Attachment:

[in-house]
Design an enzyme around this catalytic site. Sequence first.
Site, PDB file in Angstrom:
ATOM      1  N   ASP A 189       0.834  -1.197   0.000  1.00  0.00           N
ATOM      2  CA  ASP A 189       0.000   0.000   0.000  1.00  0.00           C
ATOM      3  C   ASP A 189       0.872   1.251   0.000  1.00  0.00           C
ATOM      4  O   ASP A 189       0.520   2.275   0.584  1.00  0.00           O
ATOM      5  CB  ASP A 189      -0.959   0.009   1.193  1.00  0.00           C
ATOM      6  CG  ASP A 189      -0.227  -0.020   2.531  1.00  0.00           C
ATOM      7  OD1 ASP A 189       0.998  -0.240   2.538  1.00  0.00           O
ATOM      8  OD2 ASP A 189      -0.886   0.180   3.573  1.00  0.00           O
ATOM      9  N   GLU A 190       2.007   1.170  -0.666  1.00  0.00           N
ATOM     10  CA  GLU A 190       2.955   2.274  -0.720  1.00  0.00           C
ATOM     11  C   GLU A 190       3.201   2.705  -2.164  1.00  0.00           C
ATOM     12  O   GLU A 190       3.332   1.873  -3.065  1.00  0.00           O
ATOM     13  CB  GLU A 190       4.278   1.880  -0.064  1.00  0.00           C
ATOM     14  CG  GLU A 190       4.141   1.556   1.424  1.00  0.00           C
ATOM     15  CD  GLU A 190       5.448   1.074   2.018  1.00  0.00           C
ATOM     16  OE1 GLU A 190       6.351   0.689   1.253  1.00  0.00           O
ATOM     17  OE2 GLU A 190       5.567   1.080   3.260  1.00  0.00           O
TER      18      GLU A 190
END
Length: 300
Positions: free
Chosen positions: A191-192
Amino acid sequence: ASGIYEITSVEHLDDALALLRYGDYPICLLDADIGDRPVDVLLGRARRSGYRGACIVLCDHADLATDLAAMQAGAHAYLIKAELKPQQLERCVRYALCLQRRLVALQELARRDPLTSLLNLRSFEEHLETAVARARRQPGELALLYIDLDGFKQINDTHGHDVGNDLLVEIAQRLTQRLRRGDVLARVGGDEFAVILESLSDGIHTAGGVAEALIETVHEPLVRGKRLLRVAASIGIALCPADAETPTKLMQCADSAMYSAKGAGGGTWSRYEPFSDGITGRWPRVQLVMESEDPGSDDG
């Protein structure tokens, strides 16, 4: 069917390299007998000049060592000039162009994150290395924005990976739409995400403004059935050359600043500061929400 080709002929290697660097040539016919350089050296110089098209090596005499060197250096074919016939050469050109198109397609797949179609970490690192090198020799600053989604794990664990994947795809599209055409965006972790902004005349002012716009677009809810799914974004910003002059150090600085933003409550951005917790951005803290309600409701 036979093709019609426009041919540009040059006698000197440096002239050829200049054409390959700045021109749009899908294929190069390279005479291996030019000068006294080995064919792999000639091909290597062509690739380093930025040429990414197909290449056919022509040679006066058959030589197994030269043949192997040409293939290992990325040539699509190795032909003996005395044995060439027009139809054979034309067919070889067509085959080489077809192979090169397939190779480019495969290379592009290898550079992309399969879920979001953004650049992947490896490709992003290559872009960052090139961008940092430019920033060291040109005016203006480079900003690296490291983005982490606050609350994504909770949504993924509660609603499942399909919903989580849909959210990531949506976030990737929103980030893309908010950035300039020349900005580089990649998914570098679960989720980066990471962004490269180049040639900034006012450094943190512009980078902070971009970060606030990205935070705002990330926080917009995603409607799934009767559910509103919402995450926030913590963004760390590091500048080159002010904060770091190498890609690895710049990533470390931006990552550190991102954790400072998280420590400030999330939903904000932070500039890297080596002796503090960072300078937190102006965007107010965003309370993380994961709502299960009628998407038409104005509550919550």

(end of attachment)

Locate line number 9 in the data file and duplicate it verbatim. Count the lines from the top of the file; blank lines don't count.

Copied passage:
ATOM      6  CG  ASP A 189      -0.227  -0.020   2.531  1.00  0.00           C